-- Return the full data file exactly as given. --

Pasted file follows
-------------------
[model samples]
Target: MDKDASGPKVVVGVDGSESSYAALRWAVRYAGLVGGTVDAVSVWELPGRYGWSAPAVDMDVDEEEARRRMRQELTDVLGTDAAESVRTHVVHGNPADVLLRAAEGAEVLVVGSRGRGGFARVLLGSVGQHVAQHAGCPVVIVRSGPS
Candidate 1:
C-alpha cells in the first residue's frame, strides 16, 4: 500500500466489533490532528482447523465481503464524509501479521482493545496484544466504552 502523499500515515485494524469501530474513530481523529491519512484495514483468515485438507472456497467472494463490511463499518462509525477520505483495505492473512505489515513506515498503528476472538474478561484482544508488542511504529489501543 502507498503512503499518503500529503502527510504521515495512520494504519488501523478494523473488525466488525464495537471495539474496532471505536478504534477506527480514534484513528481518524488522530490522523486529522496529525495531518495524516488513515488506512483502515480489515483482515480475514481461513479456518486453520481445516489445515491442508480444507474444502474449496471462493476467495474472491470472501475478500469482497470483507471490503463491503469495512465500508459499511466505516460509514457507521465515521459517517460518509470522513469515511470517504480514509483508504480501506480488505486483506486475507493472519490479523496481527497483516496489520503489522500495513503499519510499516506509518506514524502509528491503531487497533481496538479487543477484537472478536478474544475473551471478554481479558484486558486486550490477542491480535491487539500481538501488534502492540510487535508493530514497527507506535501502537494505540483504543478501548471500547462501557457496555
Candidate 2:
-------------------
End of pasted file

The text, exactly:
[model samples]
Target: MDKDASGPKVVVGVDGSESSYAALRWAVRYAGLVGGTVDAVSVWELPGRYGWSAPAVDMDVDEEEARRRMRQELTDVLGTDAAESVRTHVVHGNPADVLLRAAEGAEVLVVGSRGRGGFARVLLGSVGQHVAQHAGCPVVIVRSGPS
Candidate 1:
C-alpha cells in the first residue's frame, strides 16, 4: 500500500466489533490532528482447523465481503464524509501479521482493545496484544466504552 502523499500515515485494524469501530474513530481523529491519512484495514483468515485438507472456497467472494463490511463499518462509525477520505483495505492473512505489515513506515498503528476472538474478561484482544508488542511504529489501543 502507498503512503499518503500529503502527510504521515495512520494504519488501523478494523473488525466488525464495537471495539474496532471505536478504534477506527480514534484513528481518524488522530490522523486529522496529525495531518495524516488513515488506512483502515480489515483482515480475514481461513479456518486453520481445516489445515491442508480444507474444502474449496471462493476467495474472491470472501475478500469482497470483507471490503463491503469495512465500508459499511466505516460509514457507521465515521459517517460518509470522513469515511470517504480514509483508504480501506480488505486483506486475507493472519490479523496481527497483516496489520503489522500495513503499519510499516506509518506514524502509528491503531487497533481496538479487543477484537472478536478474544475473551471478554481479558484486558486486550490477542491480535491487539500481538501488534502492540510487535508493530514497527507506535501502537494505540483504543478501548471500547462501557457496555
Candidate 2: